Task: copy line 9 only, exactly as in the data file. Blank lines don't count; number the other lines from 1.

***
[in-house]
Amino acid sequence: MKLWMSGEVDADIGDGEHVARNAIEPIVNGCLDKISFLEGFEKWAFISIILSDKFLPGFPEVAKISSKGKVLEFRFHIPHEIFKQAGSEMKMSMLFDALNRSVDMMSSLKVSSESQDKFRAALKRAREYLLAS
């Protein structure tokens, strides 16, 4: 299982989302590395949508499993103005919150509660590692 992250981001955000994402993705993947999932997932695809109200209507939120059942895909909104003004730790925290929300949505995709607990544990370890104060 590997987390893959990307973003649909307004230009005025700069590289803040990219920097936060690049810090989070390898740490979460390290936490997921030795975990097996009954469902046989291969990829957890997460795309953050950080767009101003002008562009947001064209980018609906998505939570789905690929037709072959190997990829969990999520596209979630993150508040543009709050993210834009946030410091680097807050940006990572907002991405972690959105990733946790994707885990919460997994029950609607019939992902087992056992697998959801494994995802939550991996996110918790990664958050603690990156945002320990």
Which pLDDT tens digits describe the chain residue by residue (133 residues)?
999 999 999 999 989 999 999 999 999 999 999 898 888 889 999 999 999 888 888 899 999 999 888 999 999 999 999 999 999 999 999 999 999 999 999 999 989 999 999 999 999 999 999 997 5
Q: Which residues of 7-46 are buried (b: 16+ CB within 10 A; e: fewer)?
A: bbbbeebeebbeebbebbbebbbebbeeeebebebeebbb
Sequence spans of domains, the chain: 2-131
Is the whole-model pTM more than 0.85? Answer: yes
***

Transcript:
Is the whole-model pTM more than 0.85? Answer: yes